Review of Romantic Comedy


Romantic Comedy Movie centers around a female character who at first dislikes a male character — due to their oppositional personalities, worldviews, lifestyles, etc. — but through a series of comedic circumstances, becomes steadily more enamored with him, enabling them to grow closer to cultural ideals for goodness, and climaxing with a dramatic public confession of love. Complicating the plot was the male character’s Terrible Secret, which brought about a long depressing period in the third act, but I suppose was necessary to reach a satisfying conclusion.

The film induced in me the correct physiological reaction: a measure of oxytocin, dopamine, and lowered testosterone. The woman wasn’t too attractive — as that would hurt female viewers’ ability to identify with her — and the man was the sort of handsome sleazebag who undergoes a transformation into a “good” person by the end. I have to say, it comforted me to learn that by having a girlfriend, a terrible human being can be converted alchemically into a caring compassionate person, like Hitler after meeting Eva Braun; remember that?

The traditional gender stereotypes also soothed my anxiety over Obama’s anarchic progressive culture. The way the woman was so obsessed with her job as to be an icy bitch, and the way the man was funny but deceitful (though not so deceitful to be considered morally bankrupt) comforted me the way staring at Disney font comforts me. With its heterosexual, racially homogenous couple, I didn’t have to consider complicated social/cultural issues. And the film only covered the relationship’s early months in which hormones associated with love are at their maximum rather than the slow decline from passion to affection to fondness to hate to apathy to disappointment. After all, no one wants to watch a movie about my parents. And the fact the male was in his 30’s while she was approximately 24 (prime child bearing age) agreed with my conception of standard male to female age difference.

Watching two people pretend to be in love might be my favorite activity. I watch them on TV, in movies, in commercials, on billboards, in magazines, at my parents’ house — mmm, cotton candy sweetness. Real relationships, on the other hand, are slow descents into a bleak dystopian hellscape, full of dead horses and wingless skeletal birds, empty sockets glaring out of the darkness, teeth sunk in flesh, “Brad, when was the last time you ate a vegetable?” Why experience all that when I can, through mirror neurons, live inside the lives of fake people on TV. I could watch it all day every day until my soul leaves this shriveled white husk and dissipates like smoke billowing off a burning garbage pile.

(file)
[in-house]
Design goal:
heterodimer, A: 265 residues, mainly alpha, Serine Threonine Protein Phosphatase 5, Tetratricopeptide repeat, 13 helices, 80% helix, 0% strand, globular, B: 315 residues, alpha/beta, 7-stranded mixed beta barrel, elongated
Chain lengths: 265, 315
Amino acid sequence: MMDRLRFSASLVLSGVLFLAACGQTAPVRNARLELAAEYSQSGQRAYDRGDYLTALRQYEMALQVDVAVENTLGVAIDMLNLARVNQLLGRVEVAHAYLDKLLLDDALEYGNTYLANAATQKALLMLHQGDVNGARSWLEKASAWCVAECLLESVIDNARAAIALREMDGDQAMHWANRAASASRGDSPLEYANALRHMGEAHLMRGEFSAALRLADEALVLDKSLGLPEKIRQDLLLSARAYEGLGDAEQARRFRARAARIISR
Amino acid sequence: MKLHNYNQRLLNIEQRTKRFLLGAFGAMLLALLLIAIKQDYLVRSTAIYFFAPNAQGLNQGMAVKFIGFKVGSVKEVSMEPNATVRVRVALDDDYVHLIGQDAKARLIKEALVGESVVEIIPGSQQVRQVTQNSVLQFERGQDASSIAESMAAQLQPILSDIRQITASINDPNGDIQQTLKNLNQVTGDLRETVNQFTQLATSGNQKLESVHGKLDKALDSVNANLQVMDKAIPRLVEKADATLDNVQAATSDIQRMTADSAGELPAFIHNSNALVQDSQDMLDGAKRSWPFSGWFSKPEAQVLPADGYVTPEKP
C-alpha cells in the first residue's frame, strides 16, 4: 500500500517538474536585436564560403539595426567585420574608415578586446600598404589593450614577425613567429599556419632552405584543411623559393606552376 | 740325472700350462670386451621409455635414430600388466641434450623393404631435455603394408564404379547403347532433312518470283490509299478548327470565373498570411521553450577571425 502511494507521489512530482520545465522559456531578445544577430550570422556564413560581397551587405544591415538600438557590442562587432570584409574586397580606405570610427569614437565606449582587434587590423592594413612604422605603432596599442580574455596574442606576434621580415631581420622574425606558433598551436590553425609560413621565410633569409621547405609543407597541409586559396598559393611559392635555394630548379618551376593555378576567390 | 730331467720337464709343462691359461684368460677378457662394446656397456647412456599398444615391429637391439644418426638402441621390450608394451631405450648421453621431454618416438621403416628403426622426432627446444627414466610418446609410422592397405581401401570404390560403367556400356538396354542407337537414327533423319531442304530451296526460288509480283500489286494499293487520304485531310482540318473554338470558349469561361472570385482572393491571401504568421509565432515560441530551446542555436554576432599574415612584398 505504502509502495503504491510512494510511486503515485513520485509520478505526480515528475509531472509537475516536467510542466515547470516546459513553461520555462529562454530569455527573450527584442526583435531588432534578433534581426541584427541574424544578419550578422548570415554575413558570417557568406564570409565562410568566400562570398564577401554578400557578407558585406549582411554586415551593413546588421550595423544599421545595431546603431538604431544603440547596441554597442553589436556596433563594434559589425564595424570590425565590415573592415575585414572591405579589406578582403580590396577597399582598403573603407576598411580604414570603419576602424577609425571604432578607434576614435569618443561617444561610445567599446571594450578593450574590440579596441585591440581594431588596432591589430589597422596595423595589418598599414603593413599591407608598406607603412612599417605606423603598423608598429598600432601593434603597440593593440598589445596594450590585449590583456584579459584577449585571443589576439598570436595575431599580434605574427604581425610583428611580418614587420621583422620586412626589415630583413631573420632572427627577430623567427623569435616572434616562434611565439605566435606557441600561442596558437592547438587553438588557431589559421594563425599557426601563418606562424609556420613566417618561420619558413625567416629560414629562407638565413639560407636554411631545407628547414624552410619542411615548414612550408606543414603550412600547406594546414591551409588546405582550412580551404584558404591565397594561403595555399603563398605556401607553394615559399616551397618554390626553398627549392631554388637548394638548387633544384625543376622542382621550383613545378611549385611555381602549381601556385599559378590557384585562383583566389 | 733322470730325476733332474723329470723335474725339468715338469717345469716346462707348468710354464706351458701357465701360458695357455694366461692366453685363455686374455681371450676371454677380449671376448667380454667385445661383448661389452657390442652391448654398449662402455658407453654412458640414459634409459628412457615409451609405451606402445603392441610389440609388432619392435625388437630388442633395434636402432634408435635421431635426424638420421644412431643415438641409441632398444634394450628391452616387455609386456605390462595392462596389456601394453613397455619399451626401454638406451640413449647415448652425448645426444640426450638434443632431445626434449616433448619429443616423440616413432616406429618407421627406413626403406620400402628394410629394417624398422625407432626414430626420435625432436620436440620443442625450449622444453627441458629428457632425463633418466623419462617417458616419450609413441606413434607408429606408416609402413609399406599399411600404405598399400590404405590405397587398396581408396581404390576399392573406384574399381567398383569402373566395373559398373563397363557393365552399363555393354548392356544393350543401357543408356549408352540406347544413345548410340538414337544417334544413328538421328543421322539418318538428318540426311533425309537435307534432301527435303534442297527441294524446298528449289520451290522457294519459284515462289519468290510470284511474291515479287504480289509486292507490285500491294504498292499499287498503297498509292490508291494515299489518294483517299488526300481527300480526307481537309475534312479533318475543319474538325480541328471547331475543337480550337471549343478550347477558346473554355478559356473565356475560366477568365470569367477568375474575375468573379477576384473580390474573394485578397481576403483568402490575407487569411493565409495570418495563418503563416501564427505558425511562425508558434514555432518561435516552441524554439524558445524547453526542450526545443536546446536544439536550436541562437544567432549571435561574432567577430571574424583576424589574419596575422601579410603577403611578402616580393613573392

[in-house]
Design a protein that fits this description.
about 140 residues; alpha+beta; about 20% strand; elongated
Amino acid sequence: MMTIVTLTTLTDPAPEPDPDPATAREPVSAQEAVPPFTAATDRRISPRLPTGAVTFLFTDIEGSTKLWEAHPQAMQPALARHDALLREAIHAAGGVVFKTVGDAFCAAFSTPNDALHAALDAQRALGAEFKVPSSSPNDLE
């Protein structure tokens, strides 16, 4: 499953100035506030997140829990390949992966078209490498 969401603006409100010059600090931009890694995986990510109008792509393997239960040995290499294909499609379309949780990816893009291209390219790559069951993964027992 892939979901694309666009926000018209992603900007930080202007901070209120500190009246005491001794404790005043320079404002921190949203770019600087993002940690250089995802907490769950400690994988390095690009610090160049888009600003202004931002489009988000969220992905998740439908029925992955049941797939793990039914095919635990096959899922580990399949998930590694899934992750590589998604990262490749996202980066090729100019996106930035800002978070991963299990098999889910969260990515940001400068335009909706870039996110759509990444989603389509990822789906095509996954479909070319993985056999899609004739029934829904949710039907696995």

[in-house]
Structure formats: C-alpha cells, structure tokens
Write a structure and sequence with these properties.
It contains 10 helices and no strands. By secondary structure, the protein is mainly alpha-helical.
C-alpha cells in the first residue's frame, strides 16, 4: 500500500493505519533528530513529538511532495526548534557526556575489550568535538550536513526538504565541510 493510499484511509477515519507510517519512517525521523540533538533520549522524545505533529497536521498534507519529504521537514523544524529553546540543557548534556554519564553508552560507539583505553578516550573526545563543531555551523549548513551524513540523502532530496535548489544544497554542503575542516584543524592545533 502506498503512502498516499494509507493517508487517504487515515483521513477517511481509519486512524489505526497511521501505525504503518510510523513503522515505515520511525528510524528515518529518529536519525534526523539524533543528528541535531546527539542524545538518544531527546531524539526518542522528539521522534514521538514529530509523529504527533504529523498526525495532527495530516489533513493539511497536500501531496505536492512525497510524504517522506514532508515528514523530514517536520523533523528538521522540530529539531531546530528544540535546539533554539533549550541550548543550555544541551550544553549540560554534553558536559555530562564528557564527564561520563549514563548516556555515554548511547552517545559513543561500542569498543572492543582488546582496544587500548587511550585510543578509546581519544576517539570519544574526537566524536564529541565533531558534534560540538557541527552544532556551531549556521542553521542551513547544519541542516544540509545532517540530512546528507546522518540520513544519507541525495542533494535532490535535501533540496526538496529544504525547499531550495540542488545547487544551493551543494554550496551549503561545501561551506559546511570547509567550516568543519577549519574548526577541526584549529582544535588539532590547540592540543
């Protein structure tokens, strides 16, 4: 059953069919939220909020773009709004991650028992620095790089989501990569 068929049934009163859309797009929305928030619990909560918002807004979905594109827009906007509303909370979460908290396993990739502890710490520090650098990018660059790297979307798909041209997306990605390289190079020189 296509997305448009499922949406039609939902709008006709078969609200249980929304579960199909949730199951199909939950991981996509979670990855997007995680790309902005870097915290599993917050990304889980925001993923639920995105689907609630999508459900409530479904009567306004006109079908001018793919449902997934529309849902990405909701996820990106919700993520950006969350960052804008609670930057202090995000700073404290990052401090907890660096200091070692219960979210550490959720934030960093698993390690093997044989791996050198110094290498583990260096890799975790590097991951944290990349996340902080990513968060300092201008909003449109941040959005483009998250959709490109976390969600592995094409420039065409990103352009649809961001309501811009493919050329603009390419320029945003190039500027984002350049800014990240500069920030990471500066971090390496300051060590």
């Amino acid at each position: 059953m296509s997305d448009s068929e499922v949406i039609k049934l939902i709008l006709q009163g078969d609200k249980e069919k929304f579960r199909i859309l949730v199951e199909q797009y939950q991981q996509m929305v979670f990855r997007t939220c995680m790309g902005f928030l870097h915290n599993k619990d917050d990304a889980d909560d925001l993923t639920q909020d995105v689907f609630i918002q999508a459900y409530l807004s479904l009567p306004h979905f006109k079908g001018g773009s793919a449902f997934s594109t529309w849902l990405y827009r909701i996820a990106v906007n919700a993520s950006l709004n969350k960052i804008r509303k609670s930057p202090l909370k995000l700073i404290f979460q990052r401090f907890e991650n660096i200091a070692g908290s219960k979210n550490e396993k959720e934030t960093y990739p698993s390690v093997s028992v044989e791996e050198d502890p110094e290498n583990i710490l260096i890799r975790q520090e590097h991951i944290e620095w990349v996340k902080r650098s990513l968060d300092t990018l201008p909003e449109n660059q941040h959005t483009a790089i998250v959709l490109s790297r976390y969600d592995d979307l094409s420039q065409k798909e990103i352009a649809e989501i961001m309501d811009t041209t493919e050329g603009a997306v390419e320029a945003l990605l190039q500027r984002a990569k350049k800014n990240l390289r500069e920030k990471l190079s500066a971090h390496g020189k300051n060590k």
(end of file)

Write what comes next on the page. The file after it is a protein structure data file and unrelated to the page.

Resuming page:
I pay people sometimes. I call up actors and invite them to my house. Before they arrive, I cook dinner, light candles, and set out some wine. Then when they arrive, I watch them pretend to fall in love with each other, deep passionate love. My requirements: they must be attractive, they must be late twenties to early thirties (old people are gross), and they must — they must! — make me believe them. I find it increases the visceral thrill of a romantic comedy if it’s live and in your home because you can reach out and touch them. But you don’t touch them. You could, but you don’t. You only watch.

Romantic Comedy Movie was not live, but still managed to reinforce my wildly skewed expectations regarding romantic relationships. As far as I can tell, an acceptable girlfriend will be hyper, funny, responsible, gorgeous at all times (as in, wears make up to bed), the precise weight between anorexic and curvy, a good singer, and the exact perfect human match engineered by God to fulfill my every need. I will be incapable of conjuring romantic affection for any other girl. A mystical force will guide me via destiny/fate to this woman because, as we all know, the universe is nurturing and benevolent and definitely not a bleak dystopian hellscape with aforementioned dead horses, etc. She will solve all my problems and be the most important thing in my life.

Sometimes I go to Olive Garden and sit near couples. I listen to them get to know each other, their flirting, their awkward conversations, and I eat up their love like a homeless man eats up stale half-eaten pizza. I have noise amplification headphones, so I can hear their every “So, do you like music?”, “What’s your major?” and “Oh my God, me too! We’re like the same person!” I follow them back to her apartment, watch them walk up to her door, watch them mash their hot wet faces together. I am Uatu the Watcher. I am the Observer. I am a pair of binoculars behind a Honda Civic windshield in the distance.

Romantic Comedy Movie is an excellent addition to the romantic myth genre, which arose at a time when most marriages were arranged by malevolent forces. Romantic myths arose from a desire for a deeper connection to the random men/women to whom you were sold or raffled or obligated to marry in order to merge property. Now, however, they serve only to unhinge us from this stark hopeless reality where we all inevitably die alone — a function Romantic Comedy Movie performs perfectly.

In conclusion, I highly recommend Romantic Comedy Movie. It taught me that trust and intimacy come within a few days into a relationship. It taught me that past transgressions, whether sexing the girlfriend’s mom or lying about, I don’t know, absolutely everything, can be forgiven. It taught me that unattractive people only exist to be the quipster friends of the attractive people in love. And it taught me that if an unattractive person creeps, it’s terrifying, but if an attractive person creeps, oh my, it’s the most romantic thing imaginable. 

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